That process of looking deeply into a song and its origins is always first and foremost with Ainslie, whether he’s on the bandstand, whether he’s giving a lecture on musical or sociological history, or whether he’s teaching slide guitar techniques to eager students.

“I am very invested in apprenticeship in the sense of digging into a tradition or body of work deeply and letting it transform you, before you transform it. I think part of the price of becoming a musician is becoming the song,” he said. “I mean, I’m not a jazz singer in a piano bar just singing Billy Joel and whatever else, all night long. I don’t want that life; I wouldn’t have that life; I couldn’t do that life. What I’m interested in is being emotionally and deeply involved in the music and its history and background and what it feels like to sing it. My hope is that I’m open to being transformed by the songs that I sing. If I do that well, there’s a chance that it will move somebody else.”

That little peek behind the curtain of what keeps Ainslie from merely being a pre-programmed human jukebox also helps to explain why his stage performances are more than just singing songs and playing the guitar. He also takes valuable time to give his audiences some history of the music, its authors and events surrounding the creation of the tunes, as well.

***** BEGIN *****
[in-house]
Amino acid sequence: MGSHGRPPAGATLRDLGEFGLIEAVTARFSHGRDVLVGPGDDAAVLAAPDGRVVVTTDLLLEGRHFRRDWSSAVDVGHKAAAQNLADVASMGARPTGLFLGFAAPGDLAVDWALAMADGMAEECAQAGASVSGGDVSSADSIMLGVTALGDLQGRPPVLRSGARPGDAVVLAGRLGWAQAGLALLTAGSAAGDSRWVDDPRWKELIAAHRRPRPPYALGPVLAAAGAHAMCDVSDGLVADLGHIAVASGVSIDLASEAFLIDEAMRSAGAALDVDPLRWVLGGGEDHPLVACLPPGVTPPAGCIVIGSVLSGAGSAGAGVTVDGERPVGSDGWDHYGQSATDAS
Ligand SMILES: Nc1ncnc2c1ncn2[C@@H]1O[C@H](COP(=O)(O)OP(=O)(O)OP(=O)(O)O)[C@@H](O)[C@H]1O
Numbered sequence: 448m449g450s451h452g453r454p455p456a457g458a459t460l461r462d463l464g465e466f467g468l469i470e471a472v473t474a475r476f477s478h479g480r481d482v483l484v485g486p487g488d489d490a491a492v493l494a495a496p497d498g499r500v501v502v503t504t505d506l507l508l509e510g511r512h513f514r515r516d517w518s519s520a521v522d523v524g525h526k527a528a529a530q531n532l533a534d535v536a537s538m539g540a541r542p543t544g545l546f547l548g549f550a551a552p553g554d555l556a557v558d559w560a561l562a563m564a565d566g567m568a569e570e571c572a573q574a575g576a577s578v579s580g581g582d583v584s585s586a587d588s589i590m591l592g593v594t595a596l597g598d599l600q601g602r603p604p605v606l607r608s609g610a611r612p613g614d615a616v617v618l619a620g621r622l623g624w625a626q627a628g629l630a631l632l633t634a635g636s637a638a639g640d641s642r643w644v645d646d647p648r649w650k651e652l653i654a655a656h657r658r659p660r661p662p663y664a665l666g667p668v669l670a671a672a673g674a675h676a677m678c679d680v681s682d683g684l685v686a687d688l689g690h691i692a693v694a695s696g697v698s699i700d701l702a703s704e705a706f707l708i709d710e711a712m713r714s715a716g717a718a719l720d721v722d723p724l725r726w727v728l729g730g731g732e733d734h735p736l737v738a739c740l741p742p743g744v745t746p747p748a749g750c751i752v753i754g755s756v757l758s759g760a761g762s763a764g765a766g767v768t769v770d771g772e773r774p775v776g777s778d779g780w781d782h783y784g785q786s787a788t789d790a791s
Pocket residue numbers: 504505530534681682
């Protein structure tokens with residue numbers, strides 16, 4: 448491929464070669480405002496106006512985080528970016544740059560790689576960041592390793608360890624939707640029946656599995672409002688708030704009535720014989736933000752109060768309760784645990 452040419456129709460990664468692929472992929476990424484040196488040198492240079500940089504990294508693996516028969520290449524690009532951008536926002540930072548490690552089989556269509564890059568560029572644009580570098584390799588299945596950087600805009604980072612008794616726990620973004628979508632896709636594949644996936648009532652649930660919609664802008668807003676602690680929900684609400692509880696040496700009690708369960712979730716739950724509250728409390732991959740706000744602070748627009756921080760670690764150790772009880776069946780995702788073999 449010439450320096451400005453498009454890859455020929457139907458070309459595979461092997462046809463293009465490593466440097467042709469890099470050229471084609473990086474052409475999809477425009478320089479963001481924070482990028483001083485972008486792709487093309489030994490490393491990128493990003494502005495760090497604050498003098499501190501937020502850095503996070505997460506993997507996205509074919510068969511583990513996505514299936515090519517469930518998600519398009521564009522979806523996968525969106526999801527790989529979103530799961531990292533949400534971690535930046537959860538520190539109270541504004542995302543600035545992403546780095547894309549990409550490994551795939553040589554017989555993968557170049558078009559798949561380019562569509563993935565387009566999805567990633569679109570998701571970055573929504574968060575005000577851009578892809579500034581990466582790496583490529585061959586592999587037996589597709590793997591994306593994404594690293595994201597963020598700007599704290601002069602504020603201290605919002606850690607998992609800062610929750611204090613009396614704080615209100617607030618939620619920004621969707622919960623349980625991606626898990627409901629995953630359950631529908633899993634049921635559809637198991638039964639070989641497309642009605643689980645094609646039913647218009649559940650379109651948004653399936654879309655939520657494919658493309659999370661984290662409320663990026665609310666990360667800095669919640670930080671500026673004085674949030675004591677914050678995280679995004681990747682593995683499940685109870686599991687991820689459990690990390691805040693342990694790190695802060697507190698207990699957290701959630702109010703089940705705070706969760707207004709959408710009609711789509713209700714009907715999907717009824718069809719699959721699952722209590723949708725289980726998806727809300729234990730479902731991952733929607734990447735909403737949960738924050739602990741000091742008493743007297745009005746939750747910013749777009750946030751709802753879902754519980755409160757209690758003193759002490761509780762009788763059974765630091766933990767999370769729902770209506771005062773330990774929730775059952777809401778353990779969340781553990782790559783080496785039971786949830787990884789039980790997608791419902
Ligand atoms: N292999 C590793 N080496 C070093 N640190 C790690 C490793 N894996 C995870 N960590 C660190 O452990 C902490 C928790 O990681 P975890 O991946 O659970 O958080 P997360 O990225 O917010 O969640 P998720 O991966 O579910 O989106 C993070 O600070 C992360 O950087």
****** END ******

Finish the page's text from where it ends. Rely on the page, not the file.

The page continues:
“My first real gig playing the blues – previous to this I had played old time fiddle and banjo as a musician – was back in the 1980s, being hired into a program in North Carolina called the Visiting Artists Program. It was a program that put professional artists of all kinds on community college campuses and charged them to get out and teach the community. I wound up in a highly racially-divided part of eastern North Carolina, where they had just had a sheriff’s race in the Democratic Party that pitted a black candidate against a white candidate and divided the Democrats along racial lines and there was a lot of hoorah about that; the white candidate won,” Ainslie said. “I was chosen by the coordinator at the college precisely because I was white and I played blues. I found myself in front of black and white audiences – sometimes integrated, but largely segregated – and I would go and play music and talk about it. I was in front of a lot of people who either thought I didn’t have a right to play the music, or didn’t care for the fact that I was playing black music. I very quickly sized up that the music wasn’t going to be enough for these audiences. So I started looking into the history and to what the stories behind the music was to engage an audience that either didn’t know or didn’t care to know (about the music). I started looking for a repertoire that would unite an audience around the story. Even in the world of the blues, there are many, many people who don’t know about the history of the music. Hopefully people will leave one of my performances slightly better educated and more entertained than they would had I just stood up there and played the tunes. The story opens the door and the song goes in.”